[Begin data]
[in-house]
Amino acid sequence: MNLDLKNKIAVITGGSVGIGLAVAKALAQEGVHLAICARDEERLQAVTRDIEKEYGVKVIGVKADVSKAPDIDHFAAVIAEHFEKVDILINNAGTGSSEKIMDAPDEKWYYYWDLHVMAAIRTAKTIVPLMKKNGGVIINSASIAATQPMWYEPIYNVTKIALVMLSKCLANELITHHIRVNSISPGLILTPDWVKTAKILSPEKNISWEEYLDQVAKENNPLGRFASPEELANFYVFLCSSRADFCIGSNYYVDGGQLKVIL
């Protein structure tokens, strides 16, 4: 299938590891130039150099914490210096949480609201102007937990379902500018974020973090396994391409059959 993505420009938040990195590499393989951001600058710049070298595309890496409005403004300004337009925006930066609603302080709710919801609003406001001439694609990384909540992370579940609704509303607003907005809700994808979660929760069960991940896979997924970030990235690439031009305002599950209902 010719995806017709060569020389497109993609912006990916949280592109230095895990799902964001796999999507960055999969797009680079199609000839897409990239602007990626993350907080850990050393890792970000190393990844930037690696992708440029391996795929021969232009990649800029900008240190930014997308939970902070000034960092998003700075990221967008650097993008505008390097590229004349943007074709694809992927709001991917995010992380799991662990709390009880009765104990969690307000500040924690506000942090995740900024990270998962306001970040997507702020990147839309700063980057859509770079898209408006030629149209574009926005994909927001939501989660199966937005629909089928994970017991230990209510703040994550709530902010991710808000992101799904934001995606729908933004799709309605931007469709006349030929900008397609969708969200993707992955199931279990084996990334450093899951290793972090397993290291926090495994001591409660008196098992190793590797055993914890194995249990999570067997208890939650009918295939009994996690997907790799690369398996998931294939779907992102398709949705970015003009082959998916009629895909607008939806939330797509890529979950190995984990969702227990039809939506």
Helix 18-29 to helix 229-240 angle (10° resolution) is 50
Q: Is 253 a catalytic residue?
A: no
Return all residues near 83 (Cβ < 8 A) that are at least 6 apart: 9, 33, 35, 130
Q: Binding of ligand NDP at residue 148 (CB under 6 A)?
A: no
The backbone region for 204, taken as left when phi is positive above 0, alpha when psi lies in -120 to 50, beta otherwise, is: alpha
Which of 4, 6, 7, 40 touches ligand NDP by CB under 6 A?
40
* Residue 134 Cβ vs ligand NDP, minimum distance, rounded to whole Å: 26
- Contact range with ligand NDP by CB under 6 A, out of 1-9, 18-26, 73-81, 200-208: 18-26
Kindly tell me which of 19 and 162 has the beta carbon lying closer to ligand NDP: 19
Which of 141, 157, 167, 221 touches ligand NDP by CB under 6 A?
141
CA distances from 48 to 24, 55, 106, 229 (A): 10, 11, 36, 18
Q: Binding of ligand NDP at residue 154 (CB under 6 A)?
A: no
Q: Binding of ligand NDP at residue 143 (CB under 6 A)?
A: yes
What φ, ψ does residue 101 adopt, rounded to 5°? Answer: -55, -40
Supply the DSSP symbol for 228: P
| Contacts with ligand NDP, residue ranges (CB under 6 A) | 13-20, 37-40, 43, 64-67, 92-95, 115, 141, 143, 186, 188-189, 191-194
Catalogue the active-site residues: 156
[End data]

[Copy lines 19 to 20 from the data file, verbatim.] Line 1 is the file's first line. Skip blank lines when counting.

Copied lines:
Q: Binding of ligand NDP at residue 154 (CB under 6 A)?
A: no